About a month ago, I awoke from a dream totally psyched about the brilliant blog post I would write for Valentine's Day. In my dream, I had seen the mathematical concept of continued fractions as a metaphor for romance, and I was shocked that no one else had ever written about the beautiful, natural correspondence between the two subjects. As my brain entered the real world more fully, I realized that the correspondence isn't all that natural and might not even be beautiful. But I won't let that stop me! This Valentine's Day, I'm not going to try to woo you with cardiods and heart-y Sierpinski triangles. Instead, prepare to be amazed by continued fractions, the dreamiest new way to celebrate a mathematical Valentine's Day!
First of all, a continued fraction looks just like a fraction, but more so.
Instead of stopping at one numerator and one denominator, like the number 1/2, the denominator contains a fraction as well. And the denominator of that fraction contains a fraction, and so on. We can have either a finite or an infinite number of entries in an expression like this. If it's finite, it's not too hard to see that the continued fraction represents a rational number.
On the other hand, if a continued fraction has an infinite number of entries, then it represents an irrational number. This is actually a big advantage for continued fractions as opposed to decimal representations of numbers. Some rational numbers, such as 1/3=.333333… and 1/7=.142857... have nonterminating (but repeating) decimal representations. Whether the decimal representation of a number terminates or not depends not only on whether the number is rational but also on how a rational number's denominator is related to the number 10, the base of the decimal system. This is kind of arbitrary: why should the representation terminate or not based on properties of the number 10? One advantage of continued fractions is that it doesn't have this asymmetry built in.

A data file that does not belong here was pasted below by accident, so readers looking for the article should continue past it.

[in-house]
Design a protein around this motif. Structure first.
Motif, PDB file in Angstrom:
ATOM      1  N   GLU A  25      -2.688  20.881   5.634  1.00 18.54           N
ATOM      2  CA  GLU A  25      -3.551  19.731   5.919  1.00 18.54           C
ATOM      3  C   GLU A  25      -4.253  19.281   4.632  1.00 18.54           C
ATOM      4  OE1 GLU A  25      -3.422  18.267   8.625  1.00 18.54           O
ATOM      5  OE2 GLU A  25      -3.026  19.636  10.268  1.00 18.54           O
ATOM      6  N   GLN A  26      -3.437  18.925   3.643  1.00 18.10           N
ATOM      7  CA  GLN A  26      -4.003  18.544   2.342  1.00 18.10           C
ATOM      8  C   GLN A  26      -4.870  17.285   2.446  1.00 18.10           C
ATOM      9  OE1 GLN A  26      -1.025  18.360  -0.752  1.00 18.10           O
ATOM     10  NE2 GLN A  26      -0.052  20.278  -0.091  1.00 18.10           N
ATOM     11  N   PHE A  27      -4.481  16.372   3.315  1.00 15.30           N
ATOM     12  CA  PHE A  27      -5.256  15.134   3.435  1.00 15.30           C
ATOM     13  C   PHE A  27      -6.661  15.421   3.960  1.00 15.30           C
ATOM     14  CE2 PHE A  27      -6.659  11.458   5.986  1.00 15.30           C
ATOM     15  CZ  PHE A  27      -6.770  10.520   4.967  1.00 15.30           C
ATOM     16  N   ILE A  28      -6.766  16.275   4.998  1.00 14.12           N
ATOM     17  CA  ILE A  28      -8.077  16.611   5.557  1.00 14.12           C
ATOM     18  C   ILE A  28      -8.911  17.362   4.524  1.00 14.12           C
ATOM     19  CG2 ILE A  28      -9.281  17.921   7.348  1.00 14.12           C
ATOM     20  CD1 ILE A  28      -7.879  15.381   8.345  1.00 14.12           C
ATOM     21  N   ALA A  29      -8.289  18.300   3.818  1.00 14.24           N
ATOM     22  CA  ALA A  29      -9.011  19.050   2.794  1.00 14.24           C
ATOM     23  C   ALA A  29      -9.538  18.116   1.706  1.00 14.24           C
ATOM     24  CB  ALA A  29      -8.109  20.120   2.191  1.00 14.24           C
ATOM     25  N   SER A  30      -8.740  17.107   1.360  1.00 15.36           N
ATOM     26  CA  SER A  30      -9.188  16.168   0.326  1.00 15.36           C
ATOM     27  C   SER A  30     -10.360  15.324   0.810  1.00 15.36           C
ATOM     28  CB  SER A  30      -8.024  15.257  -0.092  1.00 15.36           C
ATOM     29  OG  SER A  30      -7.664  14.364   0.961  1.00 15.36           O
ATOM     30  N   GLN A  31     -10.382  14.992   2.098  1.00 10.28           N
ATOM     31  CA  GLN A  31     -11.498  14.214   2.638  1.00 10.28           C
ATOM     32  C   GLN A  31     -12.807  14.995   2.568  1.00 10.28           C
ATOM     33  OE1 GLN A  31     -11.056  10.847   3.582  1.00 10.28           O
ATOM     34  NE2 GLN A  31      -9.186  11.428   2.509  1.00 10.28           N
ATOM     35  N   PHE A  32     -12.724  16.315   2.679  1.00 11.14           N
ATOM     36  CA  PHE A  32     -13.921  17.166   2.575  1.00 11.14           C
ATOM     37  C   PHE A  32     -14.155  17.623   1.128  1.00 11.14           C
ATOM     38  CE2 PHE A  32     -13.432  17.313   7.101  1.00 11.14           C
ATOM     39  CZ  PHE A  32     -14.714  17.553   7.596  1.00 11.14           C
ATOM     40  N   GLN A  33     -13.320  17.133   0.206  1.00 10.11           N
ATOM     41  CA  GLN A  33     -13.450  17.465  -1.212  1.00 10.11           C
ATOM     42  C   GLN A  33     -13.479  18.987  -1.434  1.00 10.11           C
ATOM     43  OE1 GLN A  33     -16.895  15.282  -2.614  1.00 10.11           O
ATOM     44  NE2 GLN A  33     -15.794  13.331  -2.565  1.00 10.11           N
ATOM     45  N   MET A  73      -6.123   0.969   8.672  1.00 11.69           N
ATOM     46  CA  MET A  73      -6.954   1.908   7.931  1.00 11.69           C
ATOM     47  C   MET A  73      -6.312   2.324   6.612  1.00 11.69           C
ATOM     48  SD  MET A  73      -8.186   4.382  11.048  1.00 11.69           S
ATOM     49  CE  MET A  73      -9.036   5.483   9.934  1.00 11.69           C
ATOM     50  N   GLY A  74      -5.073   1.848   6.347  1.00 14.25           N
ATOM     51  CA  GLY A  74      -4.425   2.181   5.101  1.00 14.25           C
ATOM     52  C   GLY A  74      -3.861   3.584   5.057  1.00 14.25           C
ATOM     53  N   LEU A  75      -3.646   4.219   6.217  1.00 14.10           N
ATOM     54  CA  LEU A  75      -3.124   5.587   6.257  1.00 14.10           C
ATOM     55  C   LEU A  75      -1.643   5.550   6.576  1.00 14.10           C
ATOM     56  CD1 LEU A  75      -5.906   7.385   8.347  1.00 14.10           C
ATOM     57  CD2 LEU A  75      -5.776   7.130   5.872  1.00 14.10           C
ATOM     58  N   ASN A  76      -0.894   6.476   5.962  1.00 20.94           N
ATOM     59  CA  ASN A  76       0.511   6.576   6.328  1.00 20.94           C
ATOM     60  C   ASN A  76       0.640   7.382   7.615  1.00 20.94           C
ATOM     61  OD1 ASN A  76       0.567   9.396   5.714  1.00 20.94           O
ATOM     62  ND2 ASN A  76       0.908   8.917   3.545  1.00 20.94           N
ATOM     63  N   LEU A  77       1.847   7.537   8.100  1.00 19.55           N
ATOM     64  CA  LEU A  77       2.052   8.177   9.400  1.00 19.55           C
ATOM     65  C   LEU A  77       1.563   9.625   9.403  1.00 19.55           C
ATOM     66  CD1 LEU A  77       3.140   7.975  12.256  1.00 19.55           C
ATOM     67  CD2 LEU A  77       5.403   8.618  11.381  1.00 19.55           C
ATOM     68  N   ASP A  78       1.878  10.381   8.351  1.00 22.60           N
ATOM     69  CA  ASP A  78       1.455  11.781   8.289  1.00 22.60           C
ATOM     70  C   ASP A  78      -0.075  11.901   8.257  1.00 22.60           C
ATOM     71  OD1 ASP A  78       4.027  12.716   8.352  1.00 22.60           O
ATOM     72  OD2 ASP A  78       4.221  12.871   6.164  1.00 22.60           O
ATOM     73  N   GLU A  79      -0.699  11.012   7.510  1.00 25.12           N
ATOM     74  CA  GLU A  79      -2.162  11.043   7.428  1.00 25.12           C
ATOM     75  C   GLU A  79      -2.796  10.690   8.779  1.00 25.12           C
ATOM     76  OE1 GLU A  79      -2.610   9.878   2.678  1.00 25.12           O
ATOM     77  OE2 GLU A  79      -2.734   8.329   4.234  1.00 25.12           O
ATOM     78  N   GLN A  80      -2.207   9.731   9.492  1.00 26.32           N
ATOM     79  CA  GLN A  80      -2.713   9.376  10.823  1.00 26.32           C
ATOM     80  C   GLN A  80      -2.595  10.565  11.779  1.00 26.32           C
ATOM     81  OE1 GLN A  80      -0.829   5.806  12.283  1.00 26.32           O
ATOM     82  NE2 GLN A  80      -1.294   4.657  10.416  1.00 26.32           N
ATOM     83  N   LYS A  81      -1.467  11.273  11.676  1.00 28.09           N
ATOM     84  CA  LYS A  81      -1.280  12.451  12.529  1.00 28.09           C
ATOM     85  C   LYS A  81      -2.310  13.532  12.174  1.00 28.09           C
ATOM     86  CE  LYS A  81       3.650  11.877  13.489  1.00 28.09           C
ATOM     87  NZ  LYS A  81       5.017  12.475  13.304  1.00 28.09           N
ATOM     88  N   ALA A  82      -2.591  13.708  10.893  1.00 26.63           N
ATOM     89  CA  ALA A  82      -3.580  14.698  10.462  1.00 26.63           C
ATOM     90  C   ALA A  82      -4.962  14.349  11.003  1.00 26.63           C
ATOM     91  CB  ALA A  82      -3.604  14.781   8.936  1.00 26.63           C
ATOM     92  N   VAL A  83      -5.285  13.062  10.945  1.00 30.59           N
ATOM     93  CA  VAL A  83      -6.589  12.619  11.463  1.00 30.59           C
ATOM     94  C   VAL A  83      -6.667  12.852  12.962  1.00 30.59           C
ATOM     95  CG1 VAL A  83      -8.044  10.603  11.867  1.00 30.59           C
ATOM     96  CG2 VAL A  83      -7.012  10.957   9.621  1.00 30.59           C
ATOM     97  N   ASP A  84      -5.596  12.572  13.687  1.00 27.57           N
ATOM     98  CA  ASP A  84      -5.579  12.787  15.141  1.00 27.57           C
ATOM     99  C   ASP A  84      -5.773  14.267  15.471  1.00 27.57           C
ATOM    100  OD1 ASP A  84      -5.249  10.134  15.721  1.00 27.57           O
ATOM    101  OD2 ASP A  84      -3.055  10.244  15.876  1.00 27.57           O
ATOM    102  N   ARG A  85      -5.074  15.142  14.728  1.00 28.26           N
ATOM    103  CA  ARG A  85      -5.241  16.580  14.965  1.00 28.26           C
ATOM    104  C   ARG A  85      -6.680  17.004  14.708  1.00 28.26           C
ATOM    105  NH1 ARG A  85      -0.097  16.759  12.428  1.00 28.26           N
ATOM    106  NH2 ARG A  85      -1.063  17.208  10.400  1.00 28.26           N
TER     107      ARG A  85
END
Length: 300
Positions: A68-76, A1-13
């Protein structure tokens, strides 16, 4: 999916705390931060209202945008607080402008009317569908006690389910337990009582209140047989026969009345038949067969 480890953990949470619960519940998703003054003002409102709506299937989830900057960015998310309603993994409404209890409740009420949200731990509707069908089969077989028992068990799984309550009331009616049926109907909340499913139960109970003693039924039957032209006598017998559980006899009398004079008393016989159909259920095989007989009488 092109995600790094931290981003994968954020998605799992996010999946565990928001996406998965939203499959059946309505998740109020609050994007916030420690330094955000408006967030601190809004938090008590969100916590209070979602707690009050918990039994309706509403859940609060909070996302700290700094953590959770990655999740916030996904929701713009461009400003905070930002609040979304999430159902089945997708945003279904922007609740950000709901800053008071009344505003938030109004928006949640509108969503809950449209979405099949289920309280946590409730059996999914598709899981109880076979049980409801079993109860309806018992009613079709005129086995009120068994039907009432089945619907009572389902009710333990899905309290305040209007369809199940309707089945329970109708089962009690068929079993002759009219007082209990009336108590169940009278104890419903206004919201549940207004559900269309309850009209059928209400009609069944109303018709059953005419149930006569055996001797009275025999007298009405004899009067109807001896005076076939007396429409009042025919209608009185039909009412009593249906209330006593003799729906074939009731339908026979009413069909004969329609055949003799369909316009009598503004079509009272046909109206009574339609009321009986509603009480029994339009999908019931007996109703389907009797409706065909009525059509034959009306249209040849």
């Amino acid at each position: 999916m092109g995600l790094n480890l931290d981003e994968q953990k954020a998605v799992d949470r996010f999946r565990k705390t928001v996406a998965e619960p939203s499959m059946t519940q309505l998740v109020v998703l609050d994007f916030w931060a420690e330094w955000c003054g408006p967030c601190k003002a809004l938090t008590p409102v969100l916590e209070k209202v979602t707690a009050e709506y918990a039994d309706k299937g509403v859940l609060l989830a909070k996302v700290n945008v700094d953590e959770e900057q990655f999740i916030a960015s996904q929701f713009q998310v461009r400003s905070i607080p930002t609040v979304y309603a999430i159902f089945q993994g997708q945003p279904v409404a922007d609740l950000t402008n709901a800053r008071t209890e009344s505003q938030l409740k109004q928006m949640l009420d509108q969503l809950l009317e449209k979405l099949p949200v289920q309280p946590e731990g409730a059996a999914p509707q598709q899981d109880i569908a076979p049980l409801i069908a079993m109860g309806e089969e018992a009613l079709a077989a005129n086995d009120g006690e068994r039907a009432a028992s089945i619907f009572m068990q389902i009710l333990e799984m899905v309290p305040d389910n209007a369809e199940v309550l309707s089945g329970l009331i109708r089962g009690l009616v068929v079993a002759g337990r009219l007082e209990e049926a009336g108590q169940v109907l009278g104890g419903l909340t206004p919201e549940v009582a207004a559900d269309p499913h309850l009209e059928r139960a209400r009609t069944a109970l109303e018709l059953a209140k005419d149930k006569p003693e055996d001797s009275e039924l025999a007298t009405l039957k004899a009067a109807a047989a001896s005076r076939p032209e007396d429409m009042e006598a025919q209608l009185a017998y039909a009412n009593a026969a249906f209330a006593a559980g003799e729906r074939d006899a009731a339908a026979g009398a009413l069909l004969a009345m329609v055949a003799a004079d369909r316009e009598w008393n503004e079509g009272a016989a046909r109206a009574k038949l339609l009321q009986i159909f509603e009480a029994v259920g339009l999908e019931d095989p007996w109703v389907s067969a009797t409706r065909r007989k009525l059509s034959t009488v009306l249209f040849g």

For the purposes of this post, we're going to require that continued fractions only have 1's in the numerators and positive integers in the denominators, although we'll allow an arbitrary positive or negative integer to be added to the front. So we're talking about expressions that look like this.
We could write continued fractions without following those rules, but the rules make it possible for us to prove more meaningful theorems. (And isn't that what we all want in life?)
When we follow these rules, the continued fraction representation of each number is almost unique. Each rational number actually has two continued fraction representations, but it's for a silly reason.
Each irrational number, on the other hand, has a completely unique continued fraction representation.
Continued fractions are cool because in a quantifiable way, they are the best approximations of numbers. Using decimals, we can always approximate any rational or irrational number to any degree of precision we want, so it sounds a little weird to talk about a "best" approximation of a number. But what "best" means in this context is the best approximation with a denominator that is less than or equal to a given number. If you truncate the continued fraction expansion of a number q, the rational number that you get is the closest you can get to q without having to resort to a larger denominator. For a concrete example, think about the number 0.76. It can be approximated to the nearest fourth by 3/4=0.75 or to the nearest fifth by 4/5=0.8. The error is smaller when approximating to the nearest fourth so 4/5 is not a best approximation.